Killer’s Paradise

As many of you know, I have been an art activist against the femicides that have occurred in Ciudad Juarez.  My public activism in this has connected me to others that work to change gender injustices occurring all over the world.  In 2007, I joined Chapinas Unidas (Los Angeles Guatemalan Women’s Group) who came together to create awareness on the femicides occurring in Guatemala. Again, the international community was faced with extreme injustice by governmental, legal and social networks for victims and their families in Guatemala.  In May of 2007, we organized a press conference at Mercado la Paloma in South Central and a conference and art exhibit called “Espejo” at Sol Art in Santa Ana to discuss the femicides in Guatemala.

TODAY April 8th, at 7pm PST a discussion on Feminist Magazine (KPFK radio) about the upcoming Bringing The Circle Together film screening of ‘Killer’s Paradise’. Radio host Melissa Chiprin will speak with Indigenous activists in Los Angeles, Ana Castillo and Azalea Ryckman of Chapinas Unidas, and Olivia Chumacero of Farmlab, who have helped spread awareness about the ongoing femicide in Guatemala. You can listen in Los Angeles on 90.7 FM, on 98.7 FM in Santa Barbara and streaming live on This show will also be archived if you are unable to tune in that night!   Please tune in to KPFK tonight and click more here to get data on the free screening of ‘Killer’s Paradise’ on Thursday, April 16.  Nos vemos alli.killersparadise

3 thoughts on “Killer’s Paradise

  1. A sus pies Victoria, this femicide of mostly poor women is a f”’ing disgrace and holds a mirror up to the faces of the gachupin oligarchy’s of Mexico and Latin America where this outrage has and is occurring.
    Imagine if over 400 women were raped, tortured and murdered in say a city like Dallas or Chicago, especially if they were white women, the shit would hit the fan like nobody’s business, but no, the murdered women are poor and are nobody’s in places like Juarez, expendable, thought to be whores and deserving of what they got, uppity and non traditional as poor women with ambition, who the hell do they think they are working in the maquiladoras, most who are young and single.
    The crooked ass cops of Juarez hardly even get out of their chairs and donut shops to investigate these deaths, sometimes taking hours to drive to the scene of the crime where the dead bodies lay, and then after a quick prerequisite investigation the case is closed, after a couple of days if the body’s is not claimed pdq they are thrown into communal graves.

    I am just finishing a great novel, 2666 by the late Roberto Bolaño, which deals with the Juarez rapes and killings of poor women and young girls, it’s chilling as Bolaño humanizes and tells the story and circumstances of each victim, it brings it home and you can picture these poor victims as sisters, mothers, and daughters.
    Most Mexicans are now completely cynical of the powers that be in Mexico and it is common belief that the murders of these poor women are directly connected to the wealthy drug cartels, corrupt police and govt officials, the Mexican Press, and the ruling oligarchy families, who rule with impunity and with a disgusting and perverse sense of absolute entitlement.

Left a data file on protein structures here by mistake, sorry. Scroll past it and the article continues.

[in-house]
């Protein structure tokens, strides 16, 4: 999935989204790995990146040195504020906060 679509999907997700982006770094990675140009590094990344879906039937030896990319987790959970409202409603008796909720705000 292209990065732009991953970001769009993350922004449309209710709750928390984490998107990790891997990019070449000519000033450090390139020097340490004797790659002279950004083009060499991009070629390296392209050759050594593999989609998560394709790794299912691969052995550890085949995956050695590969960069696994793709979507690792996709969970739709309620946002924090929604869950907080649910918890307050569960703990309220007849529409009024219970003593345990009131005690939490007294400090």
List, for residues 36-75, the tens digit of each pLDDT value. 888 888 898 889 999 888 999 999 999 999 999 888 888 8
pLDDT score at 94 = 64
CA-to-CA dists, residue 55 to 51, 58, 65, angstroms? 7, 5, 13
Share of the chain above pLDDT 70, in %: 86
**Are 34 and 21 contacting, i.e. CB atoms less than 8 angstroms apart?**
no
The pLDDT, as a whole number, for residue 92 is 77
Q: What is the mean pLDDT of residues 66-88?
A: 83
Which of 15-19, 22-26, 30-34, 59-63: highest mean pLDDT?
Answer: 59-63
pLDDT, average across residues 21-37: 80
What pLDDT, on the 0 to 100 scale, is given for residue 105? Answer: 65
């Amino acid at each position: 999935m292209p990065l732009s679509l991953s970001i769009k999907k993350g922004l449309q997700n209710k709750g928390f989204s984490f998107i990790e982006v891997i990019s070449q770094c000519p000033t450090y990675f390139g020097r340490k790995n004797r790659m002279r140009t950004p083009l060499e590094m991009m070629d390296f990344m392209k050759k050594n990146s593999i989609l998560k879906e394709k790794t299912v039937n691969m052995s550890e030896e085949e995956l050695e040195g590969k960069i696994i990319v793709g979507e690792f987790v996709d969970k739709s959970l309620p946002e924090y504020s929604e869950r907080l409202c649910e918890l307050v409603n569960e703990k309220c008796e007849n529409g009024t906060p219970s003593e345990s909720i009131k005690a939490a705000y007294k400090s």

These drug cartels are run by the wealthy yet weak and corrupt, Hapsburg like ruling class of Mexico whose days are hopefully numbered.
    Below is an article I got out of the El Paso Times and that shows the ugly face of one of these ruling class “Juniors” who in Mexico are the designated “Masters of the Universe”. Every time I see one of these arrogant punk ass serrote’s I feel like kicking him right in the mug, if one of these weak punks had to grow up in my old neighborhood he wouldn’t have made it past junior high.
    Thanks for the timely post Victoria and lets hope that continued international pressure on these lazy ass officials will save lives of the real people of Mexico and Latin America

    Arrest of cartel’s alleged No. 2, Vicente Carrillo Leyva, seen as big break
    By Diana Washington Valdez / El Paso Times
    Posted: 04/03/2009 12:00:00 AM MDT

  2. DQ, 2666 is next on my reading list. I finished The Savage Detectives recently and before reading it, had no idea you could fall in love with a book! 🙂

    Victoria, thanks so much for bringing this to our attention. I will try and make it to the film screening.

  3. I have just about finished 2666 Chimatli, and believe me when I say that you are in for quite a journey reading this important literary spectacular.

    Victoria, keep on keeping on with this, over 400 murdered women and girls as young as 11 and 12 years old, raped and tortured in many cases. And it took international outrage and protest to get the corrupt Mexican govt off thier ass’s and to take the situation seriously.

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